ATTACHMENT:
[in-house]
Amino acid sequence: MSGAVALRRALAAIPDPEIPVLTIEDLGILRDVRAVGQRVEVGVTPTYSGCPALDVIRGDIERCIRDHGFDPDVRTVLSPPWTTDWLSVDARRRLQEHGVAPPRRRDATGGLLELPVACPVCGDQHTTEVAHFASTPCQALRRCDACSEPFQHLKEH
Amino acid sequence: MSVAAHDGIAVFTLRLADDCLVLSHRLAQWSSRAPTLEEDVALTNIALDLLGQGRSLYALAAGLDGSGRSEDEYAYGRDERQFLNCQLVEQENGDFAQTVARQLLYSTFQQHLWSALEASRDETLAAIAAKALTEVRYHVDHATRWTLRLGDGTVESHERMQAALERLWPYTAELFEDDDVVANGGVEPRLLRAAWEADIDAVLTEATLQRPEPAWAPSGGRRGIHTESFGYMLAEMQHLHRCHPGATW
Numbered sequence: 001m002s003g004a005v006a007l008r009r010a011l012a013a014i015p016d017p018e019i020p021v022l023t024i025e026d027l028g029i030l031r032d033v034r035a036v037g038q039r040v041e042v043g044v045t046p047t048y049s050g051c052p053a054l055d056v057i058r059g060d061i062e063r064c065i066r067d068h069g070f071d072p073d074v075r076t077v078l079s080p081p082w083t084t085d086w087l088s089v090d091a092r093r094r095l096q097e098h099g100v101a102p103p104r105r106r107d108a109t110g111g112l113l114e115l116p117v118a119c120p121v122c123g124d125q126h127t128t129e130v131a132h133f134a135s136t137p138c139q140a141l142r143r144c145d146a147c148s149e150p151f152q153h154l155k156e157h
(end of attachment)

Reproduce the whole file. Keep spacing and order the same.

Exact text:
[in-house]
Amino acid sequence: MSGAVALRRALAAIPDPEIPVLTIEDLGILRDVRAVGQRVEVGVTPTYSGCPALDVIRGDIERCIRDHGFDPDVRTVLSPPWTTDWLSVDARRRLQEHGVAPPRRRDATGGLLELPVACPVCGDQHTTEVAHFASTPCQALRRCDACSEPFQHLKEH
Amino acid sequence: MSVAAHDGIAVFTLRLADDCLVLSHRLAQWSSRAPTLEEDVALTNIALDLLGQGRSLYALAAGLDGSGRSEDEYAYGRDERQFLNCQLVEQENGDFAQTVARQLLYSTFQQHLWSALEASRDETLAAIAAKALTEVRYHVDHATRWTLRLGDGTVESHERMQAALERLWPYTAELFEDDDVVANGGVEPRLLRAAWEADIDAVLTEATLQRPEPAWAPSGGRRGIHTESFGYMLAEMQHLHRCHPGATW
Numbered sequence: 001m002s003g004a005v006a007l008r009r010a011l012a013a014i015p016d017p018e019i020p021v022l023t024i025e026d027l028g029i030l031r032d033v034r035a036v037g038q039r040v041e042v043g044v045t046p047t048y049s050g051c052p053a054l055d056v057i058r059g060d061i062e063r064c065i066r067d068h069g070f071d072p073d074v075r076t077v078l079s080p081p082w083t084t085d086w087l088s089v090d091a092r093r094r095l096q097e098h099g100v101a102p103p104r105r106r107d108a109t110g111g112l113l114e115l116p117v118a119c120p121v122c123g124d125q126h127t128t129e130v131a132h133f134a135s136t137p138c139q140a141l142r143r144c145d146a147c148s149e150p151f152q153h154l155k156e157h